|Publication number||US4278844 A|
|Application number||US 06/023,741|
|Publication date||14 Jul 1981|
|Filing date||26 Mar 1979|
|Priority date||26 Mar 1979|
|Publication number||023741, 06023741, US 4278844 A, US 4278844A, US-A-4278844, US4278844 A, US4278844A|
|Inventors||David F. Jones|
|Original Assignee||Bell Telephone Laboratories, Incorporated|
|Export Citation||BiBTeX, EndNote, RefMan|
|Patent Citations (10), Non-Patent Citations (1), Referenced by (124), Classifications (23)|
|External Links: USPTO, USPTO Assignment, Espacenet|
This invention relates to a selective telephone call screening arrangement for use in a telephone communication system having telephone calling and receiving stations.
Some modern telephone intercom systems interconnect with standard key telephone systems to provide both intercom and basic telephone service from the same station sets. The intercom systems provide a private communication network having a variety of telephone call features. In one type of intercom system these telephone call features are initiated by entering a two digit code from the rotary or multifrequency dial of the connected station set.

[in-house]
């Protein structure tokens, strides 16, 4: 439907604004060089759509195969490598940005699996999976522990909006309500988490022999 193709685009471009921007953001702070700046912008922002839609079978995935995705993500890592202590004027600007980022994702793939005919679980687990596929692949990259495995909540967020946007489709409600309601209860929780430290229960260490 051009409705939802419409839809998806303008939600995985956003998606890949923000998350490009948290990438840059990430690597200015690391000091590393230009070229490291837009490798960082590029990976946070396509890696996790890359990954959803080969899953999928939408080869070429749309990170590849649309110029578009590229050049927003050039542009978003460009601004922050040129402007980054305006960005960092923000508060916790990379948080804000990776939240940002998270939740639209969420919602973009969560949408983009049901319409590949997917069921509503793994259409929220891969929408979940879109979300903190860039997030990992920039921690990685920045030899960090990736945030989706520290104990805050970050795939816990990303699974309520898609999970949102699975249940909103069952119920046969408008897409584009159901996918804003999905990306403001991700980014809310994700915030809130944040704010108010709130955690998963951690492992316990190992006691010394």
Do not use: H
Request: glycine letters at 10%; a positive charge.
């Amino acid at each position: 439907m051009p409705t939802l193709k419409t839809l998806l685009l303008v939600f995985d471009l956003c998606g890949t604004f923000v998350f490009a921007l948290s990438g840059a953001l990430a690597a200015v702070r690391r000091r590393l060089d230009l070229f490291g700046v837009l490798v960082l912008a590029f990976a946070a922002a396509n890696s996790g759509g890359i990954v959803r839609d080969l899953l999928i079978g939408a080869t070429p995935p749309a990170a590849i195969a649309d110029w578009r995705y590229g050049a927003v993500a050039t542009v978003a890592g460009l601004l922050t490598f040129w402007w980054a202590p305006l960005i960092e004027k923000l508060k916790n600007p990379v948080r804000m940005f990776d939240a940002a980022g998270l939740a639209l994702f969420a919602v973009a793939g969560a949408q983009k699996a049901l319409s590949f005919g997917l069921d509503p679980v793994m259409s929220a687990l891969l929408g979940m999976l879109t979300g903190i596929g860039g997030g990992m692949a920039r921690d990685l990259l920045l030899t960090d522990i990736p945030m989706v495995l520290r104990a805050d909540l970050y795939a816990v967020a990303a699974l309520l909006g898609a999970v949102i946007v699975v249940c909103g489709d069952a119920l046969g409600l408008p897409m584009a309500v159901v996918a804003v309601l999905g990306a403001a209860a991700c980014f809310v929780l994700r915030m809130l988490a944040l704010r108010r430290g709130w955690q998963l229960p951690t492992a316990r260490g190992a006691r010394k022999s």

Additional call features are continually being added to enhance the telephone service and convenience of intercom systems. One such calling feature is called a Do-Not-Disturb feature. The Do-Not-Disturb feature enables a station to appear busy to incoming intercom calls. The desirability of more flexible call features had led to a selective Do-Not-Disturb feature which selectively blocks calls to a station.
In the prior art arrangements selective Do-Not-Disturb features are referred to as call screening or call restriction arrangements. The prior art call screening arrangements have selectively screened calls on a station, class-of-service or user basis. For example, in one arrangement the operation of a single key at the attendant's PBX console enables a class-of-service call restriction circuit. This class-of-service circuit results in specific limited telephone service to a particular group of telephones served by the PBX. In another arrangement a class-of-service call restriction system not only prohibits calls but determines the alternative destination of the attempted prohibited calls.
In still another system a call screening circuit blocks all calls to the called station unless the calling station provides a predetermined signaling code which inhibits the screening circuit. Thus, only those telephone calls in which the calling party initiates appropriate code signals, in addition to the called station's telephone number, will actuate the audible means to the called station. This circuit provides call screening on a "calling party" basis rather than a "station" basis. Hence, only calling parties knowing the called station selected signaling code can bypass the screening function and ring the called station. In addition, the selected code can be altered as often as desired by the called station.